The FBI is launching a voter fraud investigation into the community organizing group ACORN. The McCain campaign has accused ACORN of fraud in spearheading one of the most successful voter registration efforts in US history. Over the past year and a half, ACORN has helped sign up more than a million mostly young, mostly poor people to vote. Registration forms submitted by ACORN campaigners in a few areas around the country have been found to contain false or fraudulent names. ACORN officials have condemned the cases and insist they only amount to a tiny percentage of their registered voters. In an interview with the website Talking Points Memo, former New Mexico federal prosecutor David Iglesias criticized the probe, calling it “a scare tactic.” Iglesias was one of prosecutors dismissed in the Bush administration’s attorney firings scandal. He was let go in part because of his refusal to pursue voter fraud cases sought by Republicans.
On the campaign trail, both major candidates shared the same stage Thursday, one night after their third and final debate. Senators Barack Obama and John McCain appeared at the annual Al Smith fundraiser, which has drawn presidential candidates in all but two elections since 1945. Obama joked about McCain’s apparent reluctance to discuss the economy.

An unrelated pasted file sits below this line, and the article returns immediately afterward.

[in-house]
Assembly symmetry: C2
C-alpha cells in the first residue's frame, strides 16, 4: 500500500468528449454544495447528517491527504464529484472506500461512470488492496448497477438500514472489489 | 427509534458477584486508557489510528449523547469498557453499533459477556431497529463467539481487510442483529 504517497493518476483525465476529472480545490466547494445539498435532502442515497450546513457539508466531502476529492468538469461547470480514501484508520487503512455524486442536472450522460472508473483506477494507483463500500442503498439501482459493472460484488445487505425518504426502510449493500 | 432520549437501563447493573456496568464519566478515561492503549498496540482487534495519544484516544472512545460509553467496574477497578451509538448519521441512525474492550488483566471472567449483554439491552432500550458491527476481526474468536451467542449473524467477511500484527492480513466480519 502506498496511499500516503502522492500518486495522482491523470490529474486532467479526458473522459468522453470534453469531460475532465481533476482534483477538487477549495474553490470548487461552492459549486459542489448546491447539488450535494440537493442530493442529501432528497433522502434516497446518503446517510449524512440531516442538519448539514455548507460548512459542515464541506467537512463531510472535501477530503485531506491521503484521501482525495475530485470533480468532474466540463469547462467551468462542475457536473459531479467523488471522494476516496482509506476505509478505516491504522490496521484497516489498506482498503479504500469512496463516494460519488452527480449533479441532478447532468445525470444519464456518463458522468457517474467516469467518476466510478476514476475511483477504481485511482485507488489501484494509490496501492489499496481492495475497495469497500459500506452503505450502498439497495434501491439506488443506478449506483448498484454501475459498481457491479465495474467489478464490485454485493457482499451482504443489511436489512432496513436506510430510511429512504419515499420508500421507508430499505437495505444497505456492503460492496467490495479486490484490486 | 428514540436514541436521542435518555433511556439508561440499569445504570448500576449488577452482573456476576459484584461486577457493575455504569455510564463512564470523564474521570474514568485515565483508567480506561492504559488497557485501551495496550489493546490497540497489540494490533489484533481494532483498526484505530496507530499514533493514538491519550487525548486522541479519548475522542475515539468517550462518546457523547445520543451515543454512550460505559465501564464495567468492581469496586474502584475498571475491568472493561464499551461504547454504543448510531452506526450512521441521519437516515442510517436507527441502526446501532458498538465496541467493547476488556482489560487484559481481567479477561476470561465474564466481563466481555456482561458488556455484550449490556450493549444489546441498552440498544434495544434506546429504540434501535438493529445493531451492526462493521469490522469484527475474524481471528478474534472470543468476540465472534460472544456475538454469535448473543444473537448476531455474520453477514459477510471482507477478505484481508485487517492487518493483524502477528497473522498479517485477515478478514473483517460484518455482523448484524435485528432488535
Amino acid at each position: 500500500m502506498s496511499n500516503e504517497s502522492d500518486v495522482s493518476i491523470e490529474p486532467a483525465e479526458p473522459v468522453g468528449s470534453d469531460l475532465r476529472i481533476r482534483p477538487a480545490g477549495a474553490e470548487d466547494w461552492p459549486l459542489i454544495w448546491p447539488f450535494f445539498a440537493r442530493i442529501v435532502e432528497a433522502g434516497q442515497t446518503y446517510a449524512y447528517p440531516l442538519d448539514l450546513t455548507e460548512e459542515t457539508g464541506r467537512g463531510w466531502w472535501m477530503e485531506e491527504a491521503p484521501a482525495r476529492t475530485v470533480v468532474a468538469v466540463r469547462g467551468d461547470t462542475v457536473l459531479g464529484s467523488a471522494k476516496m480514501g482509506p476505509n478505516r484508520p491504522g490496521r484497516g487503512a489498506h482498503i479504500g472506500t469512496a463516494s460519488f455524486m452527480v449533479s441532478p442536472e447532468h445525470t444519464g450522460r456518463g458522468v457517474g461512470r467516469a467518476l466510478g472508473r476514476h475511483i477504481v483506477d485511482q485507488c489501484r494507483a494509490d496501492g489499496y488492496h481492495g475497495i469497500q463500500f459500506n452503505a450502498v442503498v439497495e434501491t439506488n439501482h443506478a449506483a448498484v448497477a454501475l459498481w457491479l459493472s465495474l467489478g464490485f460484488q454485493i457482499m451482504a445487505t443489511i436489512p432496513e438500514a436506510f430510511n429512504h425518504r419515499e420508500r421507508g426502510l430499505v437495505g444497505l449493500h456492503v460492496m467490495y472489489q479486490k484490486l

Sen. Barack Obama: “Of course, I am especially honored to be here tonight with my distinguished opponent, Senator John McCain. I think it is a tribute to American democracy that, with two weeks left in a hard-fought election, the two of us could come together and sit down at the same dinner table without preconditions. Now recently, one of John’s top advisers told the Daily News that if we keep talking about the economy, McCain’s going to lose. So tonight I’d like to talk about the economy.”
McCain, meanwhile, invoked his own mention of Joe the Plumber, real name Joe Wurzelbacher, an Ohio resident who questioned Obama about whether his tax plan would threaten small businesses. Wurzelbacher came up more than two dozen times in Wednesday night’s debate.